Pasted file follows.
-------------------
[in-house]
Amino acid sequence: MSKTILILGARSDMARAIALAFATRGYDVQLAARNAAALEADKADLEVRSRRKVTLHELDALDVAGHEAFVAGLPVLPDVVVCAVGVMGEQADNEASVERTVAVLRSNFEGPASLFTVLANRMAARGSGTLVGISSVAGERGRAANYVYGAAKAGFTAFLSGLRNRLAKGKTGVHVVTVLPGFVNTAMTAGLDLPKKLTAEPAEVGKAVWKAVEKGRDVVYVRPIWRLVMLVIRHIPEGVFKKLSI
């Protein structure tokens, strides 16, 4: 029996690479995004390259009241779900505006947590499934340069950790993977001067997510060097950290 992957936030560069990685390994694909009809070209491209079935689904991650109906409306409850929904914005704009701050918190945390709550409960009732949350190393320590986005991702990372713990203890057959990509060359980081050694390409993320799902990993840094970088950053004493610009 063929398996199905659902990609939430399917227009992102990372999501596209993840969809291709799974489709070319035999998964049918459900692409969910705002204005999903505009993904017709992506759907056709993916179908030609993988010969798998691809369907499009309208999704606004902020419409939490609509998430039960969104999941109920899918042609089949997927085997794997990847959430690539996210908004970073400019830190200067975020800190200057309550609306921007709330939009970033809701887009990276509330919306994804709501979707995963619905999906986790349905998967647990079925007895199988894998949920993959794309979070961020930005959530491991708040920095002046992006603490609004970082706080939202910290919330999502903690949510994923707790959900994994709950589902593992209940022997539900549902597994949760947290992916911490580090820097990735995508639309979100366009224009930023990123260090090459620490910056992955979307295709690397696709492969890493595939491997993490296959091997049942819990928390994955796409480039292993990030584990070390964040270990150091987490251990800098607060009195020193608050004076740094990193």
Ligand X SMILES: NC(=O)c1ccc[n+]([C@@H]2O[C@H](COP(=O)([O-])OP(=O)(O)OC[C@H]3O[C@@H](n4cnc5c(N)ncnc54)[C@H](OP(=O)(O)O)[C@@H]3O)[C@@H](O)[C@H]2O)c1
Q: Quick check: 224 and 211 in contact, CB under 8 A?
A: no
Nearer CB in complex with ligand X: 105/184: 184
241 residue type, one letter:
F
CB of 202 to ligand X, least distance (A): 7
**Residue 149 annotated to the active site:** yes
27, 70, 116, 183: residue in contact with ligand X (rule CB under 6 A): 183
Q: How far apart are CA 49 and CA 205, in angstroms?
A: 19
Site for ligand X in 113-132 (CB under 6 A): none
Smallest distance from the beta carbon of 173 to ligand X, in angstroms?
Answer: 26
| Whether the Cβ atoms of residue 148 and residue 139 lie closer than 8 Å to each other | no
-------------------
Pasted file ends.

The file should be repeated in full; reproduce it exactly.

[in-house]
Amino acid sequence: MSKTILILGARSDMARAIALAFATRGYDVQLAARNAAALEADKADLEVRSRRKVTLHELDALDVAGHEAFVAGLPVLPDVVVCAVGVMGEQADNEASVERTVAVLRSNFEGPASLFTVLANRMAARGSGTLVGISSVAGERGRAANYVYGAAKAGFTAFLSGLRNRLAKGKTGVHVVTVLPGFVNTAMTAGLDLPKKLTAEPAEVGKAVWKAVEKGRDVVYVRPIWRLVMLVIRHIPEGVFKKLSI
């Protein structure tokens, strides 16, 4: 029996690479995004390259009241779900505006947590499934340069950790993977001067997510060097950290 992957936030560069990685390994694909009809070209491209079935689904991650109906409306409850929904914005704009701050918190945390709550409960009732949350190393320590986005991702990372713990203890057959990509060359980081050694390409993320799902990993840094970088950053004493610009 063929398996199905659902990609939430399917227009992102990372999501596209993840969809291709799974489709070319035999998964049918459900692409969910705002204005999903505009993904017709992506759907056709993916179908030609993988010969798998691809369907499009309208999704606004902020419409939490609509998430039960969104999941109920899918042609089949997927085997794997990847959430690539996210908004970073400019830190200067975020800190200057309550609306921007709330939009970033809701887009990276509330919306994804709501979707995963619905999906986790349905998967647990079925007895199988894998949920993959794309979070961020930005959530491991708040920095002046992006603490609004970082706080939202910290919330999502903690949510994923707790959900994994709950589902593992209940022997539900549902597994949760947290992916911490580090820097990735995508639309979100366009224009930023990123260090090459620490910056992955979307295709690397696709492969890493595939491997993490296959091997049942819990928390994955796409480039292993990030584990070390964040270990150091987490251990800098607060009195020193608050004076740094990193």
Ligand X SMILES: NC(=O)c1ccc[n+]([C@@H]2O[C@H](COP(=O)([O-])OP(=O)(O)OC[C@H]3O[C@@H](n4cnc5c(N)ncnc54)[C@H](OP(=O)(O)O)[C@@H]3O)[C@@H](O)[C@H]2O)c1
Q: Quick check: 224 and 211 in contact, CB under 8 A?
A: no
Nearer CB in complex with ligand X: 105/184: 184
241 residue type, one letter:
F
CB of 202 to ligand X, least distance (A): 7
**Residue 149 annotated to the active site:** yes
27, 70, 116, 183: residue in contact with ligand X (rule CB under 6 A): 183
Q: How far apart are CA 49 and CA 205, in angstroms?
A: 19
Site for ligand X in 113-132 (CB under 6 A): none
Smallest distance from the beta carbon of 173 to ligand X, in angstroms?
Answer: 26
| Whether the Cβ atoms of residue 148 and residue 139 lie closer than 8 Å to each other | no